Jerome Wiesner buttonholed me at that time, “What’s this?” thinking it was a right-to-life group! Such memories. So, I am still wrestling with the same old questions!
These paragraphs from the preface of your book, The Inflationary Universe, I enjoy:
“Guth realized that a sudden, ultra-rapid stretching of the universe could take a tiny uniform patch and expand it to a size where it ultimately would grow and become the observable universe. During the fleeting instant of inflation, any irregularities in the primordial cosmos would be propelled beyond detection, offering a kind of blank slate. It is like taking a crinkled tablecloth and stretching it out so quickly that it appears flat on a tabletop and any wrinkles left are off the table and out of view. Only tiny, jiggling quantum fluctuations would disturb the uniformity; these fluctuations would be the seeds of the galaxies and galaxy clusters we see today.
“Inflation solved critical problems in cosmology, but it also split the Big Bang into distinct phases: In the inflationary portrait, the creation of almost all of the matter and energy in the universe takes place at the close of the inflationary period, through a process called “reheating,” rather than before inflation. Reheating involves a massive release of energy from inflation’s driving engine: an entity called the “inflaton,” thought to be a fluctuating energy field that ignited ultra-rapid cosmic expansion.”
“Theorists think that at the end of inflation, the inflaton field released an enormous reservoir of potential energy into space—which, following Einstein’s famous equivalence between energy and mass, converted into a deluge of particles. Before then, because stretching causes cooling, the universe was actually relatively cold. As the cosmos rapidly expanded, its hot initial temperature dropped by a factor of many thousand (the precise amount depends on the particular model), becoming extraordinarily hot only after reheating. If you feel that an event should be fiery if it’s going to be called the “Big Bang,” then reheating, not the cosmic dawn, was the true “bang.” That’s because the energy fields created then wouldn’t have been very hot.”
Emails to Carlo Rovelli regarding the theories within loop quantum gravity (LQG)
Most recent email: Tuesday, 31 July 31, 2018
Dear Prof. Dr. Carlo Rovelli:
Could the initial spin state be related to Euler’s identity and be associated with the concept of planckspheres? I realize it is a rather peculiar question!
PS. Your image and references are on the current hompage where it says: Carlo Rovelli has gone where others fear to tread. He has a huge following around the world for his books that explain difficult concepts in physics with fluency and ease. His work, in an area called Loop Quantum Gravity (LQG), has everybody asking, “Is this the real beginning of a Theory of Everything (TOE)?”
Third email: 3 July 2018
Dear Prof. Dr. Carlo Rovelli:
Here in the USA the 4th of July celebrations have begun; it’s time to think of about foundations, roots, and revolutions. Surely, your work with time qualifies.
I have so much more to learn about LQG, but even before LQG, I believe our starting points are off. So in that light, I continue working on my idiosyncratic model of the universe using that base-2 application with the Planck Base units. In the process, I think there are about ten concepts that could be worth our time to review and comment. Although our scholarly and scientific communities have used all of the following words (within the Postscript), none of their inherent concepts have been lifted up as primordial, keys to begin to integrate ideas within a simple mathematical model of the universe (that base-2 application from the Planck scale to the Age of the Universe in 202 notations). So, here are ten key ideas, rather radical concepts, that are presented so we might begin to see our “very first moment,” then ourselves, and our universe more logically.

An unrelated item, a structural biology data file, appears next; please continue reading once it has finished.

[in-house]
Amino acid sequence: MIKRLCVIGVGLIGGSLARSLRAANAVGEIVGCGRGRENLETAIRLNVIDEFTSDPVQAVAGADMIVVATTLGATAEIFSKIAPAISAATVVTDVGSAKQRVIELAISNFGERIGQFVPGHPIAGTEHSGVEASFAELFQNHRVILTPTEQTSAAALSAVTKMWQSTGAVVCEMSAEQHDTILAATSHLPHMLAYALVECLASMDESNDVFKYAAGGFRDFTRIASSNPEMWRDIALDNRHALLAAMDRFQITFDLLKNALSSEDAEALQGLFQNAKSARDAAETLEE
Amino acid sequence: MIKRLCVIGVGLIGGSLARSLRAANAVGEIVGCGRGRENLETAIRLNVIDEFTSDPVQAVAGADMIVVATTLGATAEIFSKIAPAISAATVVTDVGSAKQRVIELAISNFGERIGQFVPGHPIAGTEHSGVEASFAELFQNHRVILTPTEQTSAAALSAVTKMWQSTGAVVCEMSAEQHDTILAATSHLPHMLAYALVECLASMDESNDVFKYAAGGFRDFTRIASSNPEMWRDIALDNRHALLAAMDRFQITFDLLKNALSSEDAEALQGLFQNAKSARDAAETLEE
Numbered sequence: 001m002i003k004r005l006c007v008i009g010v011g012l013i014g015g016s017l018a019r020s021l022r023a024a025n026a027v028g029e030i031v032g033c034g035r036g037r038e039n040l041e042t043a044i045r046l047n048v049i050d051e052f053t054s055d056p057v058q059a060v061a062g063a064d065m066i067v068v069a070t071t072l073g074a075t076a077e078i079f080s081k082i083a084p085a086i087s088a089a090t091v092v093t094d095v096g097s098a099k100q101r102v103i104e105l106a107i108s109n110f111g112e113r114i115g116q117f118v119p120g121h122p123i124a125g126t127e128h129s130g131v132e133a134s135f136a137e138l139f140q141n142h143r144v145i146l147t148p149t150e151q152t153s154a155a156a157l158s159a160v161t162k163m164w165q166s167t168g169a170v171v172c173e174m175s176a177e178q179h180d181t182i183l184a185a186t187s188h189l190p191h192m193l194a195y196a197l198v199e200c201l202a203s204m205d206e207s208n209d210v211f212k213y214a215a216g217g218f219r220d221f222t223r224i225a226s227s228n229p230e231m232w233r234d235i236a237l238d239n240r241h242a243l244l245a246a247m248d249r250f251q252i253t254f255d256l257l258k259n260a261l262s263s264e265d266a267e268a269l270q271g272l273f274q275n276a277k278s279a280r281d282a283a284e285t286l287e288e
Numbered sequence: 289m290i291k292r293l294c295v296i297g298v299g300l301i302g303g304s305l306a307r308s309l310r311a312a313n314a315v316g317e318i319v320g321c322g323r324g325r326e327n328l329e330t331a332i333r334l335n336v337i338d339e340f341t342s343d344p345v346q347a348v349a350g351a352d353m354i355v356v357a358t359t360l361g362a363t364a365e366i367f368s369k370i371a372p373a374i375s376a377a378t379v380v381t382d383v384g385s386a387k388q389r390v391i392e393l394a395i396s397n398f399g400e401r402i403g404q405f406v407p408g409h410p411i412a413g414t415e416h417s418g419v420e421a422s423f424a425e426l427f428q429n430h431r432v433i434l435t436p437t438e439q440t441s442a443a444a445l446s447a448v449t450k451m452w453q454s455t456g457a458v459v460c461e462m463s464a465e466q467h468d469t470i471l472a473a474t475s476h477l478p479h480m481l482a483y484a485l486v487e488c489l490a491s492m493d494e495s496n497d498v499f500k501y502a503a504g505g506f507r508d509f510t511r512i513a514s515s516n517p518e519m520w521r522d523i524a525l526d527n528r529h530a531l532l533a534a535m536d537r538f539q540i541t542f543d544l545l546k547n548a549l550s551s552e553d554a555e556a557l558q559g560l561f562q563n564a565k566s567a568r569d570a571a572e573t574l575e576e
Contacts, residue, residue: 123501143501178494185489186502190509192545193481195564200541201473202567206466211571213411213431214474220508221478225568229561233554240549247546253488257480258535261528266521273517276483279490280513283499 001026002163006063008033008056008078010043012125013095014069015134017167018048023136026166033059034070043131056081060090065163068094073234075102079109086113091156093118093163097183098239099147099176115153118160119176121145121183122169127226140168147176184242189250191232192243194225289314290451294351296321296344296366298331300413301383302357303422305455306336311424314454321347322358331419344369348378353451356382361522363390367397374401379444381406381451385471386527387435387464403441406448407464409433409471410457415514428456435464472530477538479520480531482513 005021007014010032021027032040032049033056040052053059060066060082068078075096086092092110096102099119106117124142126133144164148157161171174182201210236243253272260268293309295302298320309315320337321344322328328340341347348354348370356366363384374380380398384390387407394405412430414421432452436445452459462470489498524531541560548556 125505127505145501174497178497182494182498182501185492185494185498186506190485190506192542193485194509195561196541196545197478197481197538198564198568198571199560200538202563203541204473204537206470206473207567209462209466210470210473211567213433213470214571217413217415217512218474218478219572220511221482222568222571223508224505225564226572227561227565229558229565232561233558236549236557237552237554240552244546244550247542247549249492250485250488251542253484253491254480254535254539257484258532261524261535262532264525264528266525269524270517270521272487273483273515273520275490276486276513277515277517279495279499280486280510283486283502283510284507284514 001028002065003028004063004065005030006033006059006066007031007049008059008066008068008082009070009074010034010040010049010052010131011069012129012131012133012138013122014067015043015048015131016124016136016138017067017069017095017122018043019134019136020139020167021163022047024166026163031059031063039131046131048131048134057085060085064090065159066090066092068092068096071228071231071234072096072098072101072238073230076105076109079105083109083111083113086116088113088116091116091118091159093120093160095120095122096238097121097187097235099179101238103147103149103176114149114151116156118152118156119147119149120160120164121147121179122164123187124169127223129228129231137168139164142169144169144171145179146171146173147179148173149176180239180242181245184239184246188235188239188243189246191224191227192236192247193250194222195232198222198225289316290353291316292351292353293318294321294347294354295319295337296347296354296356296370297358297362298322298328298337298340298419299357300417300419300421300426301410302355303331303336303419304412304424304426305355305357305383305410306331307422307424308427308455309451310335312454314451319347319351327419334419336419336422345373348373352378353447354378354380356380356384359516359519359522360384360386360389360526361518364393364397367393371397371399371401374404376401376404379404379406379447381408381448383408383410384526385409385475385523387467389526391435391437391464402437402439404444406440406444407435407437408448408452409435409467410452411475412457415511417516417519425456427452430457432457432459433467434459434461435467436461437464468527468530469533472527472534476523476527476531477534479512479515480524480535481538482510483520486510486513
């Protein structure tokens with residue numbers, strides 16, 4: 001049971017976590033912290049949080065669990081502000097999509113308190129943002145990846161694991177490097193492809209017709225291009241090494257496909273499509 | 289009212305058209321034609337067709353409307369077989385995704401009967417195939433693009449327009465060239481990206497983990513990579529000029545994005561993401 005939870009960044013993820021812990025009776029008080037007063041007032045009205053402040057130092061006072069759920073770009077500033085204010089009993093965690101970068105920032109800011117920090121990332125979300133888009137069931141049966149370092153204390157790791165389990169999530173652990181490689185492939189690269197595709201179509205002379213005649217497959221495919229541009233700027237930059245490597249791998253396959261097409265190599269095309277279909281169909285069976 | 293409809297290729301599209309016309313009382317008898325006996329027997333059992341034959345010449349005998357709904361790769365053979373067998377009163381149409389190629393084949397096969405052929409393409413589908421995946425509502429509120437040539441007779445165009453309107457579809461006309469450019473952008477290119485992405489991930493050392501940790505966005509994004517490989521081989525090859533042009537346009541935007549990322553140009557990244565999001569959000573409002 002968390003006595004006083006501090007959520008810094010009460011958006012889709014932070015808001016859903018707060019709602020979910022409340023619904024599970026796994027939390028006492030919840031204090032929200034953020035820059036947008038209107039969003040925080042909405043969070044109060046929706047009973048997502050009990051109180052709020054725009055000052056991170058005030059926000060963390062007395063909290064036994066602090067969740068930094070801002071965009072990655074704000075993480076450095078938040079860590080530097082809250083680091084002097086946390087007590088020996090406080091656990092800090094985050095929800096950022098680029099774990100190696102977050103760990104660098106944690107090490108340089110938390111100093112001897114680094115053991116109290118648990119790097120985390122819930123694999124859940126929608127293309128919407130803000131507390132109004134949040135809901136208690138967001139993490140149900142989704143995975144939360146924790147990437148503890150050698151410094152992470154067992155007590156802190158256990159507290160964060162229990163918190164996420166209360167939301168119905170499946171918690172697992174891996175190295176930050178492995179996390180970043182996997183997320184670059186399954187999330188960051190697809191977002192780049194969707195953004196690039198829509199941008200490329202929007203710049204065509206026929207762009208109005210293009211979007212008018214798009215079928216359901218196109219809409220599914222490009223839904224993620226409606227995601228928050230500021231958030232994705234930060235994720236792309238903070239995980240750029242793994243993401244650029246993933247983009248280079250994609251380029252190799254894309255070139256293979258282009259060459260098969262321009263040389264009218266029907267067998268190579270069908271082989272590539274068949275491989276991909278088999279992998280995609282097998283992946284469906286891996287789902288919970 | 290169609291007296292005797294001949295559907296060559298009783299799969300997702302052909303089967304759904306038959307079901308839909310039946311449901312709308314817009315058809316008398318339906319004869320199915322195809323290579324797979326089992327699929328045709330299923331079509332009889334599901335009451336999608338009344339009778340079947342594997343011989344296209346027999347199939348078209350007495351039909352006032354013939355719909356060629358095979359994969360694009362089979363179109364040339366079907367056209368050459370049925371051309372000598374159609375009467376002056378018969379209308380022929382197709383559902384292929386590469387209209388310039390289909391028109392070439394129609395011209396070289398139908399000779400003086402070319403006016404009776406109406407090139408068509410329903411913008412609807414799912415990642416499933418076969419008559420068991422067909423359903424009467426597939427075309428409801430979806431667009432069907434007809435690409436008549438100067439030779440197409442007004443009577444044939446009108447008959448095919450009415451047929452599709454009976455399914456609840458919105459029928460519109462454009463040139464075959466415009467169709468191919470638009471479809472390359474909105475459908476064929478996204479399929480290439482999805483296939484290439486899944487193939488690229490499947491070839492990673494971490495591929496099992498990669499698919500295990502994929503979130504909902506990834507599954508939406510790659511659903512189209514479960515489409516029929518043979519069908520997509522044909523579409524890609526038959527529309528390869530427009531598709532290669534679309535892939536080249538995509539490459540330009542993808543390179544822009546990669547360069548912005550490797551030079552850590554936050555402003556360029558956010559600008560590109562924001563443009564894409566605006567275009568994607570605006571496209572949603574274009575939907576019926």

“…and we have to learn to do physics and to think about the world in a profoundly new way. Our notions of what are space and time are completely altered. In fact, in a sense, we have to learn to think without them… Our space in which we live is just this enormously complicated spin network.” – Dr. Carlo Rovelli
Dear Prof. Dr. Carlo Rovelli:
Thank you for all your marvelous work. You make very difficult concepts very approachable. That helps us tremendously.
We have so little background in your world, however, in our high school geometry class, we started with the tetrahedron with the octahedron [https://81018.com/tot/] inside of it, and kept on going within, dividing by 2, until in about 45 steps we were down around the fermions and in another 67 steps we were within the Planck base units. When we multiplied by 2, we were out to the Age of the Universe in just under 90 doublings. Since December 2011 we have worked on our integrated UniverseView [https://81018.com/home/] using base-2 exponential notation as a general outline.
It is 3.333 times more granular than Kees Boeke’s base-10, it has an implied geometry, and it has the Planck base units. Some of our current work is here: https://81018.com/ It has become quite a modelling project.
Notations 1 to 67 challenge us to rethink our understanding of the basic notions of Time and Space. Your work is helping us to see that others are doing substantial work in this area from a much more professional point of view.
Is our work at all helpful as a framework for research?
PS. We are just now starting to consider the nature of spin!